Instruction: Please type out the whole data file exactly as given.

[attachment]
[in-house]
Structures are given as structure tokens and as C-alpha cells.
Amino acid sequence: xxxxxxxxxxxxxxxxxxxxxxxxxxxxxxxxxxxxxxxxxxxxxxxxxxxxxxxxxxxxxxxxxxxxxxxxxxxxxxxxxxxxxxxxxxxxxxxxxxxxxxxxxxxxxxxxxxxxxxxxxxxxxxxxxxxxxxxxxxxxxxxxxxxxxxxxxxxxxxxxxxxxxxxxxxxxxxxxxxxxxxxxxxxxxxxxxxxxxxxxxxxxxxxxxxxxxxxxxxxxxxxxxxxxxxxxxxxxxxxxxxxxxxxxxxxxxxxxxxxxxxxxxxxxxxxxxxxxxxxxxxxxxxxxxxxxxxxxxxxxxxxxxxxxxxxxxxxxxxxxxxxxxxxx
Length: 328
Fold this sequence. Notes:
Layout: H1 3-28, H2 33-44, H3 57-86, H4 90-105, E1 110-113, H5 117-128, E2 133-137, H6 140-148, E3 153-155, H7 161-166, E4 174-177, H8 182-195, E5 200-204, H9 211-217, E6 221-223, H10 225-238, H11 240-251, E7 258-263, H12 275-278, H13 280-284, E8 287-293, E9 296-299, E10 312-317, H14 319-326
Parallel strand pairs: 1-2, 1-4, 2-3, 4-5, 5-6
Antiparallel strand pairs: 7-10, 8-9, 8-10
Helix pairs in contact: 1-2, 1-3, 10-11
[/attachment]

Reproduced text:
[in-house]
Structures are given as structure tokens and as C-alpha cells.
Amino acid sequence: xxxxxxxxxxxxxxxxxxxxxxxxxxxxxxxxxxxxxxxxxxxxxxxxxxxxxxxxxxxxxxxxxxxxxxxxxxxxxxxxxxxxxxxxxxxxxxxxxxxxxxxxxxxxxxxxxxxxxxxxxxxxxxxxxxxxxxxxxxxxxxxxxxxxxxxxxxxxxxxxxxxxxxxxxxxxxxxxxxxxxxxxxxxxxxxxxxxxxxxxxxxxxxxxxxxxxxxxxxxxxxxxxxxxxxxxxxxxxxxxxxxxxxxxxxxxxxxxxxxxxxxxxxxxxxxxxxxxxxxxxxxxxxxxxxxxxxxxxxxxxxxxxxxxxxxxxxxxxxxxxxxxxxxx
Length: 328
Fold this sequence. Notes:
Layout: H1 3-28, H2 33-44, H3 57-86, H4 90-105, E1 110-113, H5 117-128, E2 133-137, H6 140-148, E3 153-155, H7 161-166, E4 174-177, H8 182-195, E5 200-204, H9 211-217, E6 221-223, H10 225-238, H11 240-251, E7 258-263, H12 275-278, H13 280-284, E8 287-293, E9 296-299, E10 312-317, H14 319-326
Parallel strand pairs: 1-2, 1-4, 2-3, 4-5, 5-6
Antiparallel strand pairs: 7-10, 8-9, 8-10
Helix pairs in contact: 1-2, 1-3, 10-11